The Role of Behavioral Finance in DecisionMaking
Understanding personal biases and cognitive processes can help you make better decisions about debt, payments, risks and investments. This is particularly important when it comes to wealth management.
Financial advisors can use behavioral finance tools to address clients’ biases and encourage them to seek diverse perspectives, set realistic goals and monitor their progress.
There has been much scientific debate over whether feelings facilitate or interfere with effective decision making. Some scholars argue that feelings are a source of unwanted bias (e.g., regret aversion bias, status quo bias, greed bias), and need to be properly regulated in decision making. Others maintain that feelings per se facilitate and enhance working memory capacity and thus promote decision-making effectiveness (Damasio, 1994).
However, it is important to differentiate between cognitive errors and emotional biases when considering the impact of feelings on decision making. Cognitive errors are primarily due to faulty reasoning and can be addressed through education and training, while emotional biases are more difficult to address because they are rooted in impulse or intuition. Moreover, it has been shown that emotion differentiation is associated with reduced levels of emotional bias. Our results support the latter view, suggesting that individual differences in how people regulate their feelings may determine their overall decision-making performance.
A heuristic is a shortcut that allows a person to engage with their environment quickly and efficiently. Heuristics are useful, but they can also lead to erroneous judgments. The availability bias, representativeness bias, and anchoring and adjustment heuristics are just a few examples of the mental shortcuts that can lead to error in decision-making.
Heuristics are often based on generalizations and rules of thumb, which are fine when they work correctly. But when they do not, they can become real pitfalls in the decision-making process.
For example, Audrey’s heuristics will likely make her think that vitamins are either toxic or harmless. This will influence her initial thought process and cause her to reject the study’s conclusions. This is due to the belief-bias effect, which states that people are more skeptical of a conclusion that seems unbelievable (Evans & Feeney, 2004).
Confirmation bias is the tendency to search for, favor and interpret information in a way that aligns with pre-existing beliefs, expectations or hypotheses. It also causes people to recall supportive information more positively and ignore contradictory evidence.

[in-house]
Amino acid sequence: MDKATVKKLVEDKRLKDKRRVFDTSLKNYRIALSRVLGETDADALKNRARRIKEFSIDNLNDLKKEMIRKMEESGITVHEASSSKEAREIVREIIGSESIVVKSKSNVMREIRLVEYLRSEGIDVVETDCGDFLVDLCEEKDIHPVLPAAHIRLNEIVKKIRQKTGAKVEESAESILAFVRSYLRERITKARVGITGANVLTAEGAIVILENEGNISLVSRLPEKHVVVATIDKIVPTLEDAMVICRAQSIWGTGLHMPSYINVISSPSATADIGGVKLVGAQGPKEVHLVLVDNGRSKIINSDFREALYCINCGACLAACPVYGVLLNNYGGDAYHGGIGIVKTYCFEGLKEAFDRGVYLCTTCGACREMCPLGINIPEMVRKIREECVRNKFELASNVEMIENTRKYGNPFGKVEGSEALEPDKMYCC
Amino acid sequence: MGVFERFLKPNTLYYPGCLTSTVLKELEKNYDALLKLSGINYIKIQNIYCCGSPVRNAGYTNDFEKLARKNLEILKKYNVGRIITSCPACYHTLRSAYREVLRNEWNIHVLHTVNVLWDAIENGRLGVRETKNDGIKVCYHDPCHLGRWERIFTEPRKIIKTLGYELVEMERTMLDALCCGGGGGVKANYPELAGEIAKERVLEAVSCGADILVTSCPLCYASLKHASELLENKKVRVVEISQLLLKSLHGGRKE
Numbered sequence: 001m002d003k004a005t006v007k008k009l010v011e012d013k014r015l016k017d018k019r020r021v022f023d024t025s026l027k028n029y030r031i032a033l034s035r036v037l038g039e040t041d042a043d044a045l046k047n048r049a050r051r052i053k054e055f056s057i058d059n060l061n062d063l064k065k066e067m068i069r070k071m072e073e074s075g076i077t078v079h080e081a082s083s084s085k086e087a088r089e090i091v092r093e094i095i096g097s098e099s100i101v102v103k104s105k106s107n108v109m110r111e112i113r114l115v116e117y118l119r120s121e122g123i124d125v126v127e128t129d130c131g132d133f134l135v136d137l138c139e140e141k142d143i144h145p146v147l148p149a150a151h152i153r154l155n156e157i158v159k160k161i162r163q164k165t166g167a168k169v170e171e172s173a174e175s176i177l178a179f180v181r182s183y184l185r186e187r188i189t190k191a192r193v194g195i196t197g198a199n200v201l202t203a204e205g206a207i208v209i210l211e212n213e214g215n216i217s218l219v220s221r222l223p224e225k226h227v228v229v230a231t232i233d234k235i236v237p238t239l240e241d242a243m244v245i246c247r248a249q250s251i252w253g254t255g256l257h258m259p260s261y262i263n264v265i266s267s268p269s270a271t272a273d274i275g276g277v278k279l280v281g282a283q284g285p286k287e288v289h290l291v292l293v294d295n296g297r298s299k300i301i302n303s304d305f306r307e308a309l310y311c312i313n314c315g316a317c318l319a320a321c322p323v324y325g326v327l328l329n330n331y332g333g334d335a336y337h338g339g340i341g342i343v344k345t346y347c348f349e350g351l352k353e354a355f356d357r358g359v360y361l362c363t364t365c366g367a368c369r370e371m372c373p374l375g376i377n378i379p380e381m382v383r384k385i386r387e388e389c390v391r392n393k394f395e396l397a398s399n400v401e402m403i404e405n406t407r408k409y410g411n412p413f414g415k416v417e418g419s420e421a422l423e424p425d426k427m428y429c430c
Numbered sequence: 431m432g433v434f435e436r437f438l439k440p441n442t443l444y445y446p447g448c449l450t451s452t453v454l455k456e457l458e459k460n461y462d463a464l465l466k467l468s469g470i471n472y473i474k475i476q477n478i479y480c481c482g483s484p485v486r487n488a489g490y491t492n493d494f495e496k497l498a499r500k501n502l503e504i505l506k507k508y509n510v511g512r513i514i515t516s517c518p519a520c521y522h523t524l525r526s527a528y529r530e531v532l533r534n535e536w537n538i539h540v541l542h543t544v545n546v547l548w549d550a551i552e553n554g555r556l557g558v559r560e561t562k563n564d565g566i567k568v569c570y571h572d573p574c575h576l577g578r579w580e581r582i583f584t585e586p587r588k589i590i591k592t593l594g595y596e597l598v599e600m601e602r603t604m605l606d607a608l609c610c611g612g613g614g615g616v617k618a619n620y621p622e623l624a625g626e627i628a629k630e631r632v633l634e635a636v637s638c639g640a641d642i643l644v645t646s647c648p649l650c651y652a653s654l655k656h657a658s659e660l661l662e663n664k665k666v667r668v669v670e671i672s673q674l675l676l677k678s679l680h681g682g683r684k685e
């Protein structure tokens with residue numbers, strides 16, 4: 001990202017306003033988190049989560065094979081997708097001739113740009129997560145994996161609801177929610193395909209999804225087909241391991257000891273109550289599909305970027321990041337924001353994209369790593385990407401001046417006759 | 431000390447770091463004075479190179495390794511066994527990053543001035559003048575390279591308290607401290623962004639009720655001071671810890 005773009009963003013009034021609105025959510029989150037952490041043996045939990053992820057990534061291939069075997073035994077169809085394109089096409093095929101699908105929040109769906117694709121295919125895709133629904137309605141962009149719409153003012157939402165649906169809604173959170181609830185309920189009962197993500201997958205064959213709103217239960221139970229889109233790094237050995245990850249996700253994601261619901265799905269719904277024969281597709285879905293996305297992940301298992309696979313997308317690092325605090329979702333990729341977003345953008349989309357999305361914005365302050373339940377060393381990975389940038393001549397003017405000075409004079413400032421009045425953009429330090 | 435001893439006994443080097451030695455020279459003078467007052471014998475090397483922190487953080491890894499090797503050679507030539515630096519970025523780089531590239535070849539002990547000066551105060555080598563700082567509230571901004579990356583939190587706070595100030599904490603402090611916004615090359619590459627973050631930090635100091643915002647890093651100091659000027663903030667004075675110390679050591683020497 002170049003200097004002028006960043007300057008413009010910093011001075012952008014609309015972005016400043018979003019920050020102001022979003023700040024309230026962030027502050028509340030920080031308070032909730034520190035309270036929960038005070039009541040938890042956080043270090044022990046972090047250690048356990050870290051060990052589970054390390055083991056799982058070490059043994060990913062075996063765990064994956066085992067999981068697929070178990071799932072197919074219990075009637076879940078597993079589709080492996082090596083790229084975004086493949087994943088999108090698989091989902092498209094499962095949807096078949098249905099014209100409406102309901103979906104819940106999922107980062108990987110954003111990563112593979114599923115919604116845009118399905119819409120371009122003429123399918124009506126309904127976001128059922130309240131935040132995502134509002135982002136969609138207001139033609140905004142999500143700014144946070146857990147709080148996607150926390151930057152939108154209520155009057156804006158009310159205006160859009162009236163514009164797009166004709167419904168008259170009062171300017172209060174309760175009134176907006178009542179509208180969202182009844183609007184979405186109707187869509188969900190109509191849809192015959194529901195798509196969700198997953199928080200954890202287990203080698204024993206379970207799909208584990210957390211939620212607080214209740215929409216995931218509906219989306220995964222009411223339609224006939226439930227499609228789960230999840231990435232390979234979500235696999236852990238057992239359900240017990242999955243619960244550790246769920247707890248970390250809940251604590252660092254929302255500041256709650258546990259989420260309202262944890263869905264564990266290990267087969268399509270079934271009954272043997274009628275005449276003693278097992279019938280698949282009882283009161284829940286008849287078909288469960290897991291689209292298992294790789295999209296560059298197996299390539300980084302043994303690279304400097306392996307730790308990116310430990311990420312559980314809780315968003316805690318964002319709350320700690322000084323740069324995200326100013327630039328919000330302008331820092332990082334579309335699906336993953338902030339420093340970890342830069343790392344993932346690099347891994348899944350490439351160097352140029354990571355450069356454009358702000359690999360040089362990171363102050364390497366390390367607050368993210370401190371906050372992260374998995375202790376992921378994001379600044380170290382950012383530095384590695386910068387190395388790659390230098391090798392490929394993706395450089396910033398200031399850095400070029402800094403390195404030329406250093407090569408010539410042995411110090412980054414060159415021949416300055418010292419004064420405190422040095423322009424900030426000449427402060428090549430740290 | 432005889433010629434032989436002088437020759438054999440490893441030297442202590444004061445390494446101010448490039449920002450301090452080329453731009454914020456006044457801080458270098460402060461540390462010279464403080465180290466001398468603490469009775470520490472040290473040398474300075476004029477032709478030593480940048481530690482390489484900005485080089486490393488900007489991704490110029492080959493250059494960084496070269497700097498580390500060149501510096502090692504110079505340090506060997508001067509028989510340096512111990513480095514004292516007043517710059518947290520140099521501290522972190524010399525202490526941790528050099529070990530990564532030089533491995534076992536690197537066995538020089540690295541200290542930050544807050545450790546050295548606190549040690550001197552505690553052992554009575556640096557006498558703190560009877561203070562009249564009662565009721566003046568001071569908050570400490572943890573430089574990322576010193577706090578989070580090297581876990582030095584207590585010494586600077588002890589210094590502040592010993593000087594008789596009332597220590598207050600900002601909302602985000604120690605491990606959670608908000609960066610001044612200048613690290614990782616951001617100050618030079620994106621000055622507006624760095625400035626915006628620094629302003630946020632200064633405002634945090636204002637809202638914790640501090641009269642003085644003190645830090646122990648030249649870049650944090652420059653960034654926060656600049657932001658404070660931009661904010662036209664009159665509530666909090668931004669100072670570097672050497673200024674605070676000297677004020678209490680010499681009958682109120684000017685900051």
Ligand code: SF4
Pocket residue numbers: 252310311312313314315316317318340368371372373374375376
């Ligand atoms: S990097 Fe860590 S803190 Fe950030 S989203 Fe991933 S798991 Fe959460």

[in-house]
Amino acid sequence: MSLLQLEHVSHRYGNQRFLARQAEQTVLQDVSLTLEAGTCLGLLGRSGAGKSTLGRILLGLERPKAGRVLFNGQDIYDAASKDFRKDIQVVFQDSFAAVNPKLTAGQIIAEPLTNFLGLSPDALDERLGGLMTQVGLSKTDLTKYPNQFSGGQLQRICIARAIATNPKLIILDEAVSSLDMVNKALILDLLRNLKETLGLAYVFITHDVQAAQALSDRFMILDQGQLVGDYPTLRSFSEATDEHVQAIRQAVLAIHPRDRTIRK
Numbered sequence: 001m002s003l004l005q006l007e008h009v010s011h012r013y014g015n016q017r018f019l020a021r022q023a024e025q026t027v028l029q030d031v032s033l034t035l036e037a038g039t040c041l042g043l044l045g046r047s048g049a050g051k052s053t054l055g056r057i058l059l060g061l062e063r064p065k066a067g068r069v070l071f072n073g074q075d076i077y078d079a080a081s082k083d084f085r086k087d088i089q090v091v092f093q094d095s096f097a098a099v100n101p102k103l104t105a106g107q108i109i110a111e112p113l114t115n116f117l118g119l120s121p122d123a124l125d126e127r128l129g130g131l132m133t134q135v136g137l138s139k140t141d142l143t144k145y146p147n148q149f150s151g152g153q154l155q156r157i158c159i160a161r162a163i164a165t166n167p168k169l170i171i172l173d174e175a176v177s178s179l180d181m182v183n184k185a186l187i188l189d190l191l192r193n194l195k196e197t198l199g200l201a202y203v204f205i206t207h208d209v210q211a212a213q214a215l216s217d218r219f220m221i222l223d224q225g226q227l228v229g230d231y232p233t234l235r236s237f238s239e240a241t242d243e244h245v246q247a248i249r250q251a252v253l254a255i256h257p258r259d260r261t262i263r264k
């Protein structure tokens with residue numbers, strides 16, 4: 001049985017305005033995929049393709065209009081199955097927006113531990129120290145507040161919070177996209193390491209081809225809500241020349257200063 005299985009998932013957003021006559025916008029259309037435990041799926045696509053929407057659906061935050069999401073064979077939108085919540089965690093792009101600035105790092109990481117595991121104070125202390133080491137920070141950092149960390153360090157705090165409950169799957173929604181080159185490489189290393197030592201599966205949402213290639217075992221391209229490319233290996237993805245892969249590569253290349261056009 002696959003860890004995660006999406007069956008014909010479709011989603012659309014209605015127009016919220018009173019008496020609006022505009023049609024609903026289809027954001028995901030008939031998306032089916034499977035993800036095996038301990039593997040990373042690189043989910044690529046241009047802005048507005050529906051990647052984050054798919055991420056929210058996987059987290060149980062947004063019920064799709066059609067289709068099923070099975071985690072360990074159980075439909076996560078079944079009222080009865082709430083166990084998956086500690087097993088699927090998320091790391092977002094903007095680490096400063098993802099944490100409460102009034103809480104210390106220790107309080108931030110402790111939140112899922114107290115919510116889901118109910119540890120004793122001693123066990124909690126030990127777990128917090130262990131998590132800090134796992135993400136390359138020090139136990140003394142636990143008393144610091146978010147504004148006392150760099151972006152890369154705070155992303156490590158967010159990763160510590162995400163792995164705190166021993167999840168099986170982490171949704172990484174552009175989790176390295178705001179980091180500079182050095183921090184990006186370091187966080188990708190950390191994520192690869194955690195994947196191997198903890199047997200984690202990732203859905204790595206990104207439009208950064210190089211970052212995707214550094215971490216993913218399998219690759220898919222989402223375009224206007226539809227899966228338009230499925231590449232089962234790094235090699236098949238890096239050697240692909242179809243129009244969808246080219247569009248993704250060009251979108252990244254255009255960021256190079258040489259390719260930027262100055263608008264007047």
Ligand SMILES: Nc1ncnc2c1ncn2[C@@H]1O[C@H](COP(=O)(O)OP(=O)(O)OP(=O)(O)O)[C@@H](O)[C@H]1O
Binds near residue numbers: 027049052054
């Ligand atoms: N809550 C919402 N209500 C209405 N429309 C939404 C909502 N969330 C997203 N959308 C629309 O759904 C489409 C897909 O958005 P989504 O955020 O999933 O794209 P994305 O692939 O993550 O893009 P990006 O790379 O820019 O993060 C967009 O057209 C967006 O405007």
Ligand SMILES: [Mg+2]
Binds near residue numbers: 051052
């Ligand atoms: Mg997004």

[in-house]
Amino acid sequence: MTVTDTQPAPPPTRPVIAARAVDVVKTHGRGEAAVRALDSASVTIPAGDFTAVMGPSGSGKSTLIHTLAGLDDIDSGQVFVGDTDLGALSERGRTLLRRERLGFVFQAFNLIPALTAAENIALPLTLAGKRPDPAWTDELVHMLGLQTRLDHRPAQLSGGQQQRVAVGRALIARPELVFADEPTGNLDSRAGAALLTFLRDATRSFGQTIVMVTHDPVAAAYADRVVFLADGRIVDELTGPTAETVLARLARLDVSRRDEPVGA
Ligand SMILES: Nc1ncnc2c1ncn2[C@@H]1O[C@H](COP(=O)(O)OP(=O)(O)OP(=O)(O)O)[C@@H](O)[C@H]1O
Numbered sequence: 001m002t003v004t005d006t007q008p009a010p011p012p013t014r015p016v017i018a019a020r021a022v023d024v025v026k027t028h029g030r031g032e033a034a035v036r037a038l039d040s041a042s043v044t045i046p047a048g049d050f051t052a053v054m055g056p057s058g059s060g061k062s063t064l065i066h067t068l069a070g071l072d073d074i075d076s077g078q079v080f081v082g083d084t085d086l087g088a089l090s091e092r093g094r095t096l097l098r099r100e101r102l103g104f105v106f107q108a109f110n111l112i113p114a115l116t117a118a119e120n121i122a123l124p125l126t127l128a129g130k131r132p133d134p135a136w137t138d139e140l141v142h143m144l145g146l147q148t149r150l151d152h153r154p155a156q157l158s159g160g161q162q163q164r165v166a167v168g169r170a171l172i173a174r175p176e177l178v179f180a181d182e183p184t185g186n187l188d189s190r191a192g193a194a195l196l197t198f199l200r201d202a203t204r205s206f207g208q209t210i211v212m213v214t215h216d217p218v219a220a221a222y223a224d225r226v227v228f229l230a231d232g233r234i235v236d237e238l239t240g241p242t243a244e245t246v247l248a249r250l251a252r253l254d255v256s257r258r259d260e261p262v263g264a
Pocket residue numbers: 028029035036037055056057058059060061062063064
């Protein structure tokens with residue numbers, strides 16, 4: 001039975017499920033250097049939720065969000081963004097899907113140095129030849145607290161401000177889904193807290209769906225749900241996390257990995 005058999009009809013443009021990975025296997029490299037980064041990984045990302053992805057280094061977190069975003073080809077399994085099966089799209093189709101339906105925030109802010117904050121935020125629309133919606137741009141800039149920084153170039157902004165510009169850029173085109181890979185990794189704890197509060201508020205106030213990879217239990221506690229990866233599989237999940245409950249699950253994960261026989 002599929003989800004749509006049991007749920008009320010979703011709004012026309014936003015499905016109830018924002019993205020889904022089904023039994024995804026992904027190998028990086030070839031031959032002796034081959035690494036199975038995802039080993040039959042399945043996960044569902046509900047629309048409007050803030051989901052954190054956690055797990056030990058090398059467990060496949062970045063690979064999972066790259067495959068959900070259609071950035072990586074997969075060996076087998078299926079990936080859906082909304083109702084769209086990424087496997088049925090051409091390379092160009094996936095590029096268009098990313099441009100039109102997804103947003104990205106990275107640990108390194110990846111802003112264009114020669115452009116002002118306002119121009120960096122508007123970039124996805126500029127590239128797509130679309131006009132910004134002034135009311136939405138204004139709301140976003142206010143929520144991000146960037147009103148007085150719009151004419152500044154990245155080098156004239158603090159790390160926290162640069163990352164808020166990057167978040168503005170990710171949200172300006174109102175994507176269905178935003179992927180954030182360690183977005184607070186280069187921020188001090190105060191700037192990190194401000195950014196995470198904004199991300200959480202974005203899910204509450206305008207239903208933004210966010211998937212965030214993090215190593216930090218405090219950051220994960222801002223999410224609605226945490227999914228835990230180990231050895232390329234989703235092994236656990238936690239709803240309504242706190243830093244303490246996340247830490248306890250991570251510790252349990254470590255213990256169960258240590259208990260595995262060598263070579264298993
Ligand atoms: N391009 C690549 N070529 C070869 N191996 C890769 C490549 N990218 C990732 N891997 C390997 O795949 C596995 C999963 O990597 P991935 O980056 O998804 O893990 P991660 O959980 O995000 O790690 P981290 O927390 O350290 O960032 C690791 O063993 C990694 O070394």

Almost everyone in a decision-making role, from the receptionist to the CEO, experiences this type of cognitive bias. It is an unavoidable fact of human life, as it is impossible to process all the information that comes at us on a daily basis in an unbiased manner.
The problem with confirmation bias is that it thwarts reliable belief formation and truth tracking. This is particularly true in emotionally charged and deeply entrenched issues. It also causes people to make the halo effect mistake, which is when one’s initial impression of someone or something influences their subsequent impressions. Examples of this are when a teacher may give students who were chosen at random more praise and attention, assuming that they are more promising than the other students.
Framing is the way options are presented to people. Israeli psychologists Amos Tversky and Daniel Kahneman were the first to systematically study and prove the influence of framing on our decision-making. Their research centered around the concept of prospect theory, which explains how people weigh gains and losses differently.
For example, if you’re selling a new hand sanitizer that kills 99% of germs, it will likely sell better if framed as a gain rather than a loss. You can apply this to any situation where you present the same information in different ways.
Tversky and Kahneman found that when people are offered two identical options—for instance, saving 200 of 600 sailing passengers on a sinking ship or letting them all die—they tend to choose the option that’s framed positively (Program A). They argue this is because the amygdala emits a Pavlovian approach-avoidance signal at the time of choice, thus biasing their choice (see figure below). Other experiments have shown that the effect disappears when choices are presented in a foreign language.